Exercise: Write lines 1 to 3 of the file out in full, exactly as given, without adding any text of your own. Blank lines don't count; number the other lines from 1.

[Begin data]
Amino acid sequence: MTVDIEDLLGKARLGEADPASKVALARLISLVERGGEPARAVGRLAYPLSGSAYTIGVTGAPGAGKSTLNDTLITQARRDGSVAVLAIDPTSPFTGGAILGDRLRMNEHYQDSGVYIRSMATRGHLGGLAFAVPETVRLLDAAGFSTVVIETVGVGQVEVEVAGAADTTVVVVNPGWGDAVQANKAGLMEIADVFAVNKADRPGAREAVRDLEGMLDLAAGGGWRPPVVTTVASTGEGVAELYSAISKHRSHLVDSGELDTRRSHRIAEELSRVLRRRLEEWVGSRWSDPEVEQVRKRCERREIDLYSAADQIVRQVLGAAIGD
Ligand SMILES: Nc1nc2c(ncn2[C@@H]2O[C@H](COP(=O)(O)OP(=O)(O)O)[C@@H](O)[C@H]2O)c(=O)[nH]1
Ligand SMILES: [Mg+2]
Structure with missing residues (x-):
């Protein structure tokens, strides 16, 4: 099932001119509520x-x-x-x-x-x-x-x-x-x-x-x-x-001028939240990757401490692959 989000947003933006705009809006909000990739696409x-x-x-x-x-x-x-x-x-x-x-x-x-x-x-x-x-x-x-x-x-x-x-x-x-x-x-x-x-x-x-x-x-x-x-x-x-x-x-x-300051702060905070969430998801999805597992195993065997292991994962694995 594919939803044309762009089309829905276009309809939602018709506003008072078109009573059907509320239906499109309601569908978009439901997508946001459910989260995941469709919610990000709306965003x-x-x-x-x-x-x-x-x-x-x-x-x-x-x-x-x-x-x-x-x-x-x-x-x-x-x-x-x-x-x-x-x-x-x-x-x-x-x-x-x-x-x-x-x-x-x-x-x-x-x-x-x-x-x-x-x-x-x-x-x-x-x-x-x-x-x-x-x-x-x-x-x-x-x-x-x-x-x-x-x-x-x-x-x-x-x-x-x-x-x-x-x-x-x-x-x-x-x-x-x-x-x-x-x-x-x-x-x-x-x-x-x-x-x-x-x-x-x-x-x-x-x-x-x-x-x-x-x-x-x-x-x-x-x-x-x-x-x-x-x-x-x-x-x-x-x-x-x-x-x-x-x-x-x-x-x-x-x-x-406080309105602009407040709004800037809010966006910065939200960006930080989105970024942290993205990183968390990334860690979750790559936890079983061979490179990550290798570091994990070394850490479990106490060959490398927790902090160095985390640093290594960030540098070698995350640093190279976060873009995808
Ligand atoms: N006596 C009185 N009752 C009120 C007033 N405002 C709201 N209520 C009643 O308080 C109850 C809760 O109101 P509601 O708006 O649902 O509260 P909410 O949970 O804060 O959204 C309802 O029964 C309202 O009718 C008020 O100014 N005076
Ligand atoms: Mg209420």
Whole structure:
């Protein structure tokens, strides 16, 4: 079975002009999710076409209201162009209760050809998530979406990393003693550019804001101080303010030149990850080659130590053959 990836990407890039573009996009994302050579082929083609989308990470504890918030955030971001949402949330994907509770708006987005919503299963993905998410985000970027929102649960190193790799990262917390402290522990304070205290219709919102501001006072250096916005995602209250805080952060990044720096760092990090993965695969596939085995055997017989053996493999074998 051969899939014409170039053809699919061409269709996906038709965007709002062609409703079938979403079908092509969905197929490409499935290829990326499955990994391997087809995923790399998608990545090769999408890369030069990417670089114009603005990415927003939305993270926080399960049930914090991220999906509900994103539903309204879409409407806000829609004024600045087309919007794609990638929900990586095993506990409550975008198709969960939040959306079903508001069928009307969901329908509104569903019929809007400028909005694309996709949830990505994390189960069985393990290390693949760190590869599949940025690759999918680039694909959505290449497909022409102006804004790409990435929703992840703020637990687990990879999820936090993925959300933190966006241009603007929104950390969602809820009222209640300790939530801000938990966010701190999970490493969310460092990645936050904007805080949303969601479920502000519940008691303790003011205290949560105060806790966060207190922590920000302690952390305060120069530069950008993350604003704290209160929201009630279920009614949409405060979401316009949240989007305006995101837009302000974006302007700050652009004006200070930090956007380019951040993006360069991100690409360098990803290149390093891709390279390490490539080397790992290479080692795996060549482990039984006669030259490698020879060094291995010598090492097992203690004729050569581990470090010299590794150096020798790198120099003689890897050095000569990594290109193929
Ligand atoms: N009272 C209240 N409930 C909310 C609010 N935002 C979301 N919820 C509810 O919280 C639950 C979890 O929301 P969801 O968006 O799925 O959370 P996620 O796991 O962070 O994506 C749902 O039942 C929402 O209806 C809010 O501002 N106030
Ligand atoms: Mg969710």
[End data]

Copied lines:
Amino acid sequence: MTVDIEDLLGKARLGEADPASKVALARLISLVERGGEPARAVGRLAYPLSGSAYTIGVTGAPGAGKSTLNDTLITQARRDGSVAVLAIDPTSPFTGGAILGDRLRMNEHYQDSGVYIRSMATRGHLGGLAFAVPETVRLLDAAGFSTVVIETVGVGQVEVEVAGAADTTVVVVNPGWGDAVQANKAGLMEIADVFAVNKADRPGAREAVRDLEGMLDLAAGGGWRPPVVTTVASTGEGVAELYSAISKHRSHLVDSGELDTRRSHRIAEELSRVLRRRLEEWVGSRWSDPEVEQVRKRCERREIDLYSAADQIVRQVLGAAIGD
Ligand SMILES: Nc1nc2c(ncn2[C@@H]2O[C@H](COP(=O)(O)OP(=O)(O)O)[C@@H](O)[C@H]2O)c(=O)[nH]1
Ligand SMILES: [Mg+2]